A&A 420, 595-604 (2004)
DOI: 10.1051/0004-6361:20040115

Long-term luminosity variations and period changes in CG Cygni[*]

M. Afsar1 - P. A. Heckert2 - C. Ibanoglu1

1 - Ege University, Science Faculty, Department of Astronomy and Space Sciences, Bornava, Izmir 35100, Turkey
2 - Western Carolina University, Department of Chemistry and Physics, Cullowhee, NC 28723, USA

Received 27 August 2003 / Accepted 16 February 2004

We report new photometry of CG Cyg from 1998-2002. We also analyze published photometry collected since 1965. An O-C analysis reveals evidence of a third body in the system having a 51 year orbital period. After removing the effects of the third body, we note a remaining 22.5 year cyclic variation in the O-C curve that is similar to the period of the luminosity variations. Modeling the spot activity for 28 V band light curves obtained between 1965 and 2002 confirms the presence of two active longitude belts (ALBs) at approximately $90^{\circ}$ and  $270^{\circ}$. Most of the spots occur at mid latitudes with a few at low latitudes. We note no spots at latitudes greater than  $60^{\circ}$.

Key words: stars: activity - stars: binaries: eclipsing - stars: individual: CG Cyg - stars: starspots

1 Introduction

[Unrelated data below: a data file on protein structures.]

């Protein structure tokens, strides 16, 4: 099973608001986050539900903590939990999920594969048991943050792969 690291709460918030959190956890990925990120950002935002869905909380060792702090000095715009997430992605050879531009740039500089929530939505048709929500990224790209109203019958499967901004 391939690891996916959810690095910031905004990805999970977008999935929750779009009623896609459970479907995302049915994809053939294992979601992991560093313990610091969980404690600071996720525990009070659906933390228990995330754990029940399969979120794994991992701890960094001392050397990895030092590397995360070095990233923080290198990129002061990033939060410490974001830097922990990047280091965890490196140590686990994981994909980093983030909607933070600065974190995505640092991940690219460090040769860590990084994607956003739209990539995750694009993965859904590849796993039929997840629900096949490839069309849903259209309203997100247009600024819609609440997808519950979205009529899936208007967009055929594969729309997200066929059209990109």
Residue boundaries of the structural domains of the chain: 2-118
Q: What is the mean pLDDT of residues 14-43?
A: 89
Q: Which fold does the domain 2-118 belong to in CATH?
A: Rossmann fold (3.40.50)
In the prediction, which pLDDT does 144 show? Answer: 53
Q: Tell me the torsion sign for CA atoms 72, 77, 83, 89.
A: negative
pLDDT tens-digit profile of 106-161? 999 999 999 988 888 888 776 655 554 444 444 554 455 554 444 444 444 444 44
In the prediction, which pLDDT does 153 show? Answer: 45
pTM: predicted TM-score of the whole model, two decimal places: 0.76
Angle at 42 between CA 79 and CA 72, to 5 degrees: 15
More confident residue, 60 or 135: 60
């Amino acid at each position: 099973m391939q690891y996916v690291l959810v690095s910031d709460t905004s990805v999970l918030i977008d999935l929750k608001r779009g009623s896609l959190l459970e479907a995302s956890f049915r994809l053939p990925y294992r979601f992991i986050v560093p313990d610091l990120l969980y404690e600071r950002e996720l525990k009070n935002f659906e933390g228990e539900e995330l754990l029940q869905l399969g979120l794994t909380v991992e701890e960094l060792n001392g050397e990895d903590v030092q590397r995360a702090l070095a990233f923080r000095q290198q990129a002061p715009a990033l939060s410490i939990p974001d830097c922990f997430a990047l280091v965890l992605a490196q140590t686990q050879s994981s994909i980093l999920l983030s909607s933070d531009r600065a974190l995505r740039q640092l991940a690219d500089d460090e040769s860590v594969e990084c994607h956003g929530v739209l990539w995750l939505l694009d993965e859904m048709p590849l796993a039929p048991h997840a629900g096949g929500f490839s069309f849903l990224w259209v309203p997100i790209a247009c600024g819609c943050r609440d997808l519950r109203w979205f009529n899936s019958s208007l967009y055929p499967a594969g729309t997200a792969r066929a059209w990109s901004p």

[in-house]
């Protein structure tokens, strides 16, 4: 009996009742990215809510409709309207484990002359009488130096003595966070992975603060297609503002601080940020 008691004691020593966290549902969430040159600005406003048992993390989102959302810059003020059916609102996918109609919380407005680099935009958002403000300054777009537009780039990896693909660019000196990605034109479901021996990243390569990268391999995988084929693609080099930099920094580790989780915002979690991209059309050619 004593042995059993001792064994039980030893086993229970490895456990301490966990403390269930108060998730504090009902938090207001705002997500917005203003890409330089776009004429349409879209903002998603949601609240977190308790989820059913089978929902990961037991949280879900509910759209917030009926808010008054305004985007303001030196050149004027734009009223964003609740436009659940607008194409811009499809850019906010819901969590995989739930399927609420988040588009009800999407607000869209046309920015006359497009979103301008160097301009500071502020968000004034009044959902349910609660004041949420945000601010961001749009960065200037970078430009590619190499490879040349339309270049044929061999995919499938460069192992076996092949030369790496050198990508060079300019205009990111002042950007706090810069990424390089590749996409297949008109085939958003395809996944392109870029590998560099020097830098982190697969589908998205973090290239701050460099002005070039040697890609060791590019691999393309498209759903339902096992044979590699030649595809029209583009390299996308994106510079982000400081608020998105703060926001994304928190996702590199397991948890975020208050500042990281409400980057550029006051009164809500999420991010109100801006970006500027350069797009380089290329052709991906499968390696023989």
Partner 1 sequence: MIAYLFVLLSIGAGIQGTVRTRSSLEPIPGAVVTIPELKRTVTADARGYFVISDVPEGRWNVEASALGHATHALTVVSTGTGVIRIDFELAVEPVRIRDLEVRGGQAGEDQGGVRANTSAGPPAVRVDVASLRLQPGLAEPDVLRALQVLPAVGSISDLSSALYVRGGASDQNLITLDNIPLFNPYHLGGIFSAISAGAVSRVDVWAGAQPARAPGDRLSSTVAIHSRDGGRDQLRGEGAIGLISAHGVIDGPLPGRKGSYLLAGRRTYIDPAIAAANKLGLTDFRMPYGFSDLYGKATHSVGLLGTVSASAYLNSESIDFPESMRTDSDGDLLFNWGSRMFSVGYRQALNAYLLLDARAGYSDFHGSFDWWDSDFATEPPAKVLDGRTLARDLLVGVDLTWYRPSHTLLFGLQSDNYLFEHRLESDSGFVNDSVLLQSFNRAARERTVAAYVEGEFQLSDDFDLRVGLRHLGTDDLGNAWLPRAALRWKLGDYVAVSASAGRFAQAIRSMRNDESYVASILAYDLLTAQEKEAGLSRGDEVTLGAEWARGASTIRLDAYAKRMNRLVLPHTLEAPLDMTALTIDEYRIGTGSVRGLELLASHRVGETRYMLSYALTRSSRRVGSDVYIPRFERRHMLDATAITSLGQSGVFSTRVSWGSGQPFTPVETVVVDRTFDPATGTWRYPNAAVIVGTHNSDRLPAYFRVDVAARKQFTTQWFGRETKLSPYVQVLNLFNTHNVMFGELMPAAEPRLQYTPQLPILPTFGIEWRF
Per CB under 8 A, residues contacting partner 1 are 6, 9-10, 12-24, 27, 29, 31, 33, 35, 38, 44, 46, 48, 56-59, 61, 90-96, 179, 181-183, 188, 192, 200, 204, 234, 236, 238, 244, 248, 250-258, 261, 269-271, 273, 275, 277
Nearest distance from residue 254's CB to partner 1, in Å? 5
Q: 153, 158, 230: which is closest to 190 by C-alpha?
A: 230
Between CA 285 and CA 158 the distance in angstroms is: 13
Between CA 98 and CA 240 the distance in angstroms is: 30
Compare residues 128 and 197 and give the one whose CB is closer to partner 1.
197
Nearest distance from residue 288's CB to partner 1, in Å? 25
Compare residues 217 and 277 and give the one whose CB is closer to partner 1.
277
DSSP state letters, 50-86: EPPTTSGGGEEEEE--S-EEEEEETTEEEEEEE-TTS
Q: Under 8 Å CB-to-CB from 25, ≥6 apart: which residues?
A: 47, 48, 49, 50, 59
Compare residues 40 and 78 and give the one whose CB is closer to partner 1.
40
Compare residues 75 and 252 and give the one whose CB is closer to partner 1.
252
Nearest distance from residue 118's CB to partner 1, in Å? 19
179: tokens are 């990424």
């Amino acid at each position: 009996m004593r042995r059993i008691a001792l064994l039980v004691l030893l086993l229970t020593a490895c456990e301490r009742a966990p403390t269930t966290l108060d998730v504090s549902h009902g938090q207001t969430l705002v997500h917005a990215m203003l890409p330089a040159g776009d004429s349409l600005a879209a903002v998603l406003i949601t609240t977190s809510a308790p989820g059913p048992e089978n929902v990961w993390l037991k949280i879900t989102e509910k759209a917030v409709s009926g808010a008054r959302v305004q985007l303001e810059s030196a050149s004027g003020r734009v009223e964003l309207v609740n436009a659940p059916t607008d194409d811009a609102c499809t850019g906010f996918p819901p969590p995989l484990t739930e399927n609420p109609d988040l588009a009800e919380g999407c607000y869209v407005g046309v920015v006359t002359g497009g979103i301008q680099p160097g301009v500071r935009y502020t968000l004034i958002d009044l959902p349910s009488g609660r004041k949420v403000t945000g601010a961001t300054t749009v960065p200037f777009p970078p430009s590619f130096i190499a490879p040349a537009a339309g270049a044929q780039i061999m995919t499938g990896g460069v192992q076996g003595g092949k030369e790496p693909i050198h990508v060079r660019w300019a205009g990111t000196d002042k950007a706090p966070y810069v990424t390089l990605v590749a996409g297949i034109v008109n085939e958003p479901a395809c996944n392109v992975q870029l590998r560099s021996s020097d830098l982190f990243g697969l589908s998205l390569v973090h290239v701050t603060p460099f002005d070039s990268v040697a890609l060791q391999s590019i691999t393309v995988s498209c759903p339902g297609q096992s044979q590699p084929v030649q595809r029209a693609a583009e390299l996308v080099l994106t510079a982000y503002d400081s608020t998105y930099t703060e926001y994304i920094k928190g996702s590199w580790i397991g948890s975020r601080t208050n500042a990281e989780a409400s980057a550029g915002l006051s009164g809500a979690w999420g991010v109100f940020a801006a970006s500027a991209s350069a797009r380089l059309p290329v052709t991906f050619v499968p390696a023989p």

The eclipsing binary CG Cygni (BD  $+34^{\circ}$4217, HIP 103505, V= 9 $.\!\!^{\rm m}$7, Sp. G9+K3, P= 0 $.\!\!^{\rm d}$63) is a well-known RS CVn-type star. Among the most peculiar of the short-period chromospherically active binary stars, it is No. 177 in the catalog of Chromospherically Active Binary Stars (Strassmeier et al. 1993). Since its eclipsing nature was discovered by Williams (1922), many light curves have been obtained by various authors (Yü 1923; Milone et al. 1979; Jassur 1980; Sowell et al. 1987; Naftilan et al. 1987; Bedford et al. 1987; Dapergolas et al. 1988, 1989a,b, 1994; Zeilik et al. 1989,1991; Kjurkchieva et al. 2003). These workers have shown that the light curve of CG Cyg changes over short and long time intervals. Naftilan et al. (1987) found that the mean light level outside eclipse increased between 1964 and 1976, after which the brightening of the mean light level halted. Sowell et al. (1987) confirmed this result, noting that the mean light level outside eclipse increased by 15% rather uniformly between 1964 and 1977. A third minimum at phase 0.36 detected by Bedford et al. (1987) was attributed to the circumstellar material located in the orbital plane. Such depressions in the light curve have been observed recently by Kjurkchieva et al. (2003) at phases 0.17 and 0.78.